Laminate flooring is a very popular solution for the home; it has an attractive finish, is easy to clean and is very durable. Nonetheless, any type of flooring will suffer some kind of wear and tear, but the good news is that there are ways to protect your floor and keep damage to a minimum.
You don't need to go barefoot, but your laminate floor isn't a sidewalk, and it might be worth thinking about what you have on your feet.
Timber floors are beautiful and natural-looking, and they give your home an elegant and classy look. However, they are also high-maintenance, and even the simplest mistakes can damage the timber and ruin its appearance. That's why, if you just installed hardwood flooring in your home, it is normal to feel anxious about the first cleaning. What if you scratch the wood and create an eyesore. Worse still, what if you use too much water and damage the floorboards?
Floating floors, as the name implies, are placed over a subfloor or another flooring material, without glue or nails to hold those floors in place. These floorboards float over the material underneath them, while your furniture, skirting or moulding, and other such pieces keep these floors stable. If your home needs new flooring, note a few pros and cons of floating floors, so you can determine if they're the right choice for your space.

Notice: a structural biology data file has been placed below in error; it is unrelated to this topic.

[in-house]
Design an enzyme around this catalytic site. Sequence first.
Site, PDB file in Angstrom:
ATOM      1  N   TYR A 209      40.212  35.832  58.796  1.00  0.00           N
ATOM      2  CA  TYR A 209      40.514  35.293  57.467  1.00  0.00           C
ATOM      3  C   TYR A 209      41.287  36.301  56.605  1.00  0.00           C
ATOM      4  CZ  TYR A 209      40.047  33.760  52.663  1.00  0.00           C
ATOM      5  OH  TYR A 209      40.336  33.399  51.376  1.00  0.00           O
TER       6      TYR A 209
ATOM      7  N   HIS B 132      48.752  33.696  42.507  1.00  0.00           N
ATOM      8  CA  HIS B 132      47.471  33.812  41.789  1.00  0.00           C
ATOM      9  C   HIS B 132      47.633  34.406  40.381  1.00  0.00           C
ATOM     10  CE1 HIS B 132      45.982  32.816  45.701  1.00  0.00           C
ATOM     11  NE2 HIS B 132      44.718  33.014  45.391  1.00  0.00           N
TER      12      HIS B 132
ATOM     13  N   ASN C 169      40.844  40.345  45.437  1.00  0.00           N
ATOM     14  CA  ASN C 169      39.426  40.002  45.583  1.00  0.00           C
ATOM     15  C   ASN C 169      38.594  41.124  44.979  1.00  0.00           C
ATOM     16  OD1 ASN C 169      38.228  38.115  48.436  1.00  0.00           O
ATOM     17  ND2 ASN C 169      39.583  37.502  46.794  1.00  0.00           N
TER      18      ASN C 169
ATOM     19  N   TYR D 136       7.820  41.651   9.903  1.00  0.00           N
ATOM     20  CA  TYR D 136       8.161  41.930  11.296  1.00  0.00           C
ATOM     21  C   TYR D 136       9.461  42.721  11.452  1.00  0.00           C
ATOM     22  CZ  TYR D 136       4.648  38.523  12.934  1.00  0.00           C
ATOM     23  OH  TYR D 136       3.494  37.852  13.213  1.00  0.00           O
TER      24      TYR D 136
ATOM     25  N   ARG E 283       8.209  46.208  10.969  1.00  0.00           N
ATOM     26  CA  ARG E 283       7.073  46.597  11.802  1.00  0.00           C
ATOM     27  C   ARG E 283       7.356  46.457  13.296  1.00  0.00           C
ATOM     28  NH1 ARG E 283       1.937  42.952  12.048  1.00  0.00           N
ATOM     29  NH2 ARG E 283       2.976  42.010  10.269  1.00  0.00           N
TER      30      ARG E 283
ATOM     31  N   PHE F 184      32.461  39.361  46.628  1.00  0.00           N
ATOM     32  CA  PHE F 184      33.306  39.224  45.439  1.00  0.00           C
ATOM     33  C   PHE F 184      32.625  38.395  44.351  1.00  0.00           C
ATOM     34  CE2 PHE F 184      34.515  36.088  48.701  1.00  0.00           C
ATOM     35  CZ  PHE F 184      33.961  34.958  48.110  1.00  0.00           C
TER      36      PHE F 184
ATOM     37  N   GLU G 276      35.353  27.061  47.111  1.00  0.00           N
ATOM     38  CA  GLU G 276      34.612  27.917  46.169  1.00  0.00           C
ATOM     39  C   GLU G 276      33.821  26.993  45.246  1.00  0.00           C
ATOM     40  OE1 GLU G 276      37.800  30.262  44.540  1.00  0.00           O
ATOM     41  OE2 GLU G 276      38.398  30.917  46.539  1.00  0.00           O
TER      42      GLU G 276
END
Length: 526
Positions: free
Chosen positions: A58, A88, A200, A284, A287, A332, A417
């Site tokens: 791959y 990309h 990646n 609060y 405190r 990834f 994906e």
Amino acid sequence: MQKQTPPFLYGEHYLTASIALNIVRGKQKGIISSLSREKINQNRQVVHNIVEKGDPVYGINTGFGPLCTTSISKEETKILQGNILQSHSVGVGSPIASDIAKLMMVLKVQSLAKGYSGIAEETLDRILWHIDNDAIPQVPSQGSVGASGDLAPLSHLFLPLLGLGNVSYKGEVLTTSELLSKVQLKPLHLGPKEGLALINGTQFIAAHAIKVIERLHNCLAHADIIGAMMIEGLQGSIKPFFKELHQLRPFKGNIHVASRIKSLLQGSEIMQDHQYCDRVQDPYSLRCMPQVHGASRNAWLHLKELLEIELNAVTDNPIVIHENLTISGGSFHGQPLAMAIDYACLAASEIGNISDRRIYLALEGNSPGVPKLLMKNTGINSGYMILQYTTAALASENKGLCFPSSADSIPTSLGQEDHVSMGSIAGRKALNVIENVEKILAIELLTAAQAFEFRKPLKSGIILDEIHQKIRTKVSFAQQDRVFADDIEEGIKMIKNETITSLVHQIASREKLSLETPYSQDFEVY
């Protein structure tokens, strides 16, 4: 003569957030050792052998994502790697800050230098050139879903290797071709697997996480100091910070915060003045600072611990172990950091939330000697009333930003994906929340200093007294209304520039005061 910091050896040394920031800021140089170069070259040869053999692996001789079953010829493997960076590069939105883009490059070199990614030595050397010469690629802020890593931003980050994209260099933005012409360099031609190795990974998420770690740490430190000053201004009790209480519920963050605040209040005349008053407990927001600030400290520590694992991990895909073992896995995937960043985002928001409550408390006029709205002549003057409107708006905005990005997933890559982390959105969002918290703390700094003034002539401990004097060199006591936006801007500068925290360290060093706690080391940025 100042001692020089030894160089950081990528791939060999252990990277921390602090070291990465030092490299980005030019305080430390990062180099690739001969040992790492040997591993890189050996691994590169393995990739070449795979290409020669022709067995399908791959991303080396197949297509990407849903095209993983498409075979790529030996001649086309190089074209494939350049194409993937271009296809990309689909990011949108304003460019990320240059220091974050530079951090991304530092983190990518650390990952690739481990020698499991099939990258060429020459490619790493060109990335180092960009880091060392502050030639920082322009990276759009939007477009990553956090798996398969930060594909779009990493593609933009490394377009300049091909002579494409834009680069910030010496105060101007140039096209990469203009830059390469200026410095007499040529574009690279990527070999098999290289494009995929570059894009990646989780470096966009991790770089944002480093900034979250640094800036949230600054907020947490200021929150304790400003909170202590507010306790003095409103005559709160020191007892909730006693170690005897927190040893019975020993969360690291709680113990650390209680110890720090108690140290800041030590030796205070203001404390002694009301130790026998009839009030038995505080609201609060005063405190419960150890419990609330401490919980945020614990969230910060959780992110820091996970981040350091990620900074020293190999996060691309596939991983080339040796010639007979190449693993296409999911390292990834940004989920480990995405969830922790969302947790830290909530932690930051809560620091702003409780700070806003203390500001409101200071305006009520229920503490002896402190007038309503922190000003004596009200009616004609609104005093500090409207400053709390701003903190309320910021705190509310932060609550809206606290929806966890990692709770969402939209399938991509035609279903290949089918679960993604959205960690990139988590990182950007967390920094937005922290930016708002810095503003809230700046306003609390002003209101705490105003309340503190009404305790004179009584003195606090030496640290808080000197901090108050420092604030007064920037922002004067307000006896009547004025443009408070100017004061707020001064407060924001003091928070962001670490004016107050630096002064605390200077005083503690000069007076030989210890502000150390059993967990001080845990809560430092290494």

There's a lot more to think about when installing laminate flooring than just the final colour of the floor. The underlayment is a layer that can be made from different materials, whose main purpose is to keep moisture from reaching your laminate and reduce the noise that comes from walking on a hard floor.
Underlayment is especially important when working with concrete subfloors, which can release moisture more than other flooring materials, especially if it isn't cured properly.